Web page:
The pandemic wasn't just rough on the box office and the existing slate of films that had been scheduled for release, but also the few films that did manage to get made in 2020 have left a lot to be desired as well. Enter "Malcolm & Marie" a wordy, tiresome examination of a couple who are as caught up in themselves as writer/director Sam Levinson seemingly is of his own work.
Justin Timberlake has proven that he is a man of many talents, and he doesn't let us down with his solid dramatic performance in "Palmer" (new on Apple TV+ on Friday, January 29th, 2021). But the film itself is bland and uninspired, and even Timberlake's performance is just not enough to save it.
Denzel Washington. Rami Malek. Jared Leto. What could go wrong? Well, just watch "The Little Things" and you'll find out.
"Penguin Bloom" is adapted from the book of the same name, and tells the true story of Sam Bloom (Naomi Watts), a wife and mother of three who, after a tragic accident, is left without the use of both of her legs. It's not very hard-hitting, but more of an inspirational, family-friendly drama that glides along on the strength of its two leads.
Simple, touching and powerful, "Supernova" explores the harsh realities of finality, loyalty, love and the explosiveness of human connectivity.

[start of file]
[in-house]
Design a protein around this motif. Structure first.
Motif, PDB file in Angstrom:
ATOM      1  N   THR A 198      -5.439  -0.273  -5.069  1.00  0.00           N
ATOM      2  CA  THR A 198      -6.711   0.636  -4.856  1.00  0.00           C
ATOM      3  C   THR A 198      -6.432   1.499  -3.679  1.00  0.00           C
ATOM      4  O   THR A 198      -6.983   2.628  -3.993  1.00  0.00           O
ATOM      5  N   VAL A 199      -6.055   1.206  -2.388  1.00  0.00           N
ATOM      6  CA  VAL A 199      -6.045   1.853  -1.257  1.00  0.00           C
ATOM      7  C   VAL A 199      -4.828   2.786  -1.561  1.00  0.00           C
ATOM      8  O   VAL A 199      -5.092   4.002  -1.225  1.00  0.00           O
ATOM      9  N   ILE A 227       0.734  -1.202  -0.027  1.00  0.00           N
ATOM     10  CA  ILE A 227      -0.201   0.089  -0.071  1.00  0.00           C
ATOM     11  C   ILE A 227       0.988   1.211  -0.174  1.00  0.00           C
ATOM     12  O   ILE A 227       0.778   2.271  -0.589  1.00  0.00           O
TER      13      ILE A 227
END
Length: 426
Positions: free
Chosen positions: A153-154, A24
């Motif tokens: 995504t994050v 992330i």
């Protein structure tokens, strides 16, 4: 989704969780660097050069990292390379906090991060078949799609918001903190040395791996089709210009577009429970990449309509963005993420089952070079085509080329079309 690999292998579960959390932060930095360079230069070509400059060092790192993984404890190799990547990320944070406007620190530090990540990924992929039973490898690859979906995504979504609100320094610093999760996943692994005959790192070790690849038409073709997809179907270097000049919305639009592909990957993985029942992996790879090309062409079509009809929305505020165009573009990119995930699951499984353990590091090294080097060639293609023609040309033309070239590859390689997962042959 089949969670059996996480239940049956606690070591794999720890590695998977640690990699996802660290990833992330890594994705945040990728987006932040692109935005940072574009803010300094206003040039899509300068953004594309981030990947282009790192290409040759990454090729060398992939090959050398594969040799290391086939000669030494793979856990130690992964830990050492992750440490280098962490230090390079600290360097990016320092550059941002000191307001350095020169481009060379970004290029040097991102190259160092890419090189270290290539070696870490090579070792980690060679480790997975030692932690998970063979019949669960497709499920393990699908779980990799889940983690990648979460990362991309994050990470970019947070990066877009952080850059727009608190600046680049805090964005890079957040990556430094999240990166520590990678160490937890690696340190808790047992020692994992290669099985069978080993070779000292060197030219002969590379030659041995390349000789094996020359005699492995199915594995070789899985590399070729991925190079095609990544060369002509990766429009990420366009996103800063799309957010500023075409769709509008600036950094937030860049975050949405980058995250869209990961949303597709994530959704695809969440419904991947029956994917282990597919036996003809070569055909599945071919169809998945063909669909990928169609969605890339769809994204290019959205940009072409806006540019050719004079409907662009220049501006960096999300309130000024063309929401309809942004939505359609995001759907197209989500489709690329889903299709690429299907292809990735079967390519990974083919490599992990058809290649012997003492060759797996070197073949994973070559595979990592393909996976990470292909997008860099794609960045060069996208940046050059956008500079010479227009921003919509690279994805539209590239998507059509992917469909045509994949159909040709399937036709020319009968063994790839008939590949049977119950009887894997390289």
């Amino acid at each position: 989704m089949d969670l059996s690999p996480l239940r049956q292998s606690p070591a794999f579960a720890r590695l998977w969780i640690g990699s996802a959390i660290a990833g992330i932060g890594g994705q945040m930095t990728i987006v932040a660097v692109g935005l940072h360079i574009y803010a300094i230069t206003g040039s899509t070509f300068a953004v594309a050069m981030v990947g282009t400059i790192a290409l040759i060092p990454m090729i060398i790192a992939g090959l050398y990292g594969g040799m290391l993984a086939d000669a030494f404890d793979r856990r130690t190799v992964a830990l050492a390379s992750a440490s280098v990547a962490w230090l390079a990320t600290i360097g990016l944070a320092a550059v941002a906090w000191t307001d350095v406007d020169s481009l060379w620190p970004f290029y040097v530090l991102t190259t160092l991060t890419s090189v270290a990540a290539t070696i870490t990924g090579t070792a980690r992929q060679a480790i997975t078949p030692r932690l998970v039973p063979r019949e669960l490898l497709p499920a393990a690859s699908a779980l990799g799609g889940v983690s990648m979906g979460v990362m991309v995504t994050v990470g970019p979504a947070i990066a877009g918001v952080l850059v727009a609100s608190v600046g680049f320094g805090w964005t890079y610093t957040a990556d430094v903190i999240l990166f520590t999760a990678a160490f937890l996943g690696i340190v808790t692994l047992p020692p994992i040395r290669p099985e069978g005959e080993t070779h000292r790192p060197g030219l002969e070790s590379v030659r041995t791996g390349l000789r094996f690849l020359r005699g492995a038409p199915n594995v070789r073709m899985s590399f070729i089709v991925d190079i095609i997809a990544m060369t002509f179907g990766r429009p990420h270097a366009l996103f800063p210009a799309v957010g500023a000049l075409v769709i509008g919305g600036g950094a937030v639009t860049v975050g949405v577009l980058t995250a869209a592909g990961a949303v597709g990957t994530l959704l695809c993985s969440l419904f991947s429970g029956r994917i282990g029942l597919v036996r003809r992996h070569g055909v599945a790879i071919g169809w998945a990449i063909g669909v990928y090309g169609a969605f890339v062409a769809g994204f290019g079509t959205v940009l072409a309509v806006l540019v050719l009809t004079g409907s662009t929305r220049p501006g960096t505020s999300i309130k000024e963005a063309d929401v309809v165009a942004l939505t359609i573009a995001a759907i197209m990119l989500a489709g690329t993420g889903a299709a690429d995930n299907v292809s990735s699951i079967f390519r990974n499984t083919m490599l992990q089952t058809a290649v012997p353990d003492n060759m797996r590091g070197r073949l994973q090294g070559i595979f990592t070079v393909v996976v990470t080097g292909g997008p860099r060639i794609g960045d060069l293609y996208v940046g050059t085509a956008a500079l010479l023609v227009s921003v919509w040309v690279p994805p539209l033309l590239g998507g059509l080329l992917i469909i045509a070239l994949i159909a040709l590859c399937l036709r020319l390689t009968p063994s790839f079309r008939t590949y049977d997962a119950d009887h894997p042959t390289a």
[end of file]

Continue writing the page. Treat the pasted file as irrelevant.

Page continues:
The first real surprise of 2021, "Our Friend" is a wonderful testament to the power of love, family and friendship. But grab the tissues.
A scholarly documentary, "The Human Factor" walks us through the Middle East Peace Process, as told from the perspective of United States mediators under George H.W. Bush, Bill Clinton and beyond.
"Identifying Features" was just named the Best International Feature by the Gotham Independent Film Awards, and it's available this Friday, January 22nd, 2021, as part of The Film Lab's Virtual Cinema locally.
We have all seen the film where a man, starting with nothing, fights and claws his way to the top using nothing but his wits, guts and sheer determination. "The White Tiger" takes this recognizable story and turns it on his head, creating a film that subverts audience expectation and creates an unforgettable movie-going experience.
The best part about the new Marvel Universe series "WandaVision," is also undoubtedly the source of its biggest frustration.
Don't worry, you won't be alone in asking yourself, "What the heck is going on here?" as that question is the central mystery of the series, at least through its first three episodes (I was given just the first three episodes for review...the series as a whole is nine-episodes long, with the first two episodes coming to Disney+ on January 15th, with new episodes unveiled each week on Fridays through March 5th).
But it's an intriguing, bizarre mystery that will take time to unravel, although the built-in army of young adults that make up the bulk of the Marvel Universe fanbase might have an even tougher time of following - or getting - the innate charm of "WandaVision."
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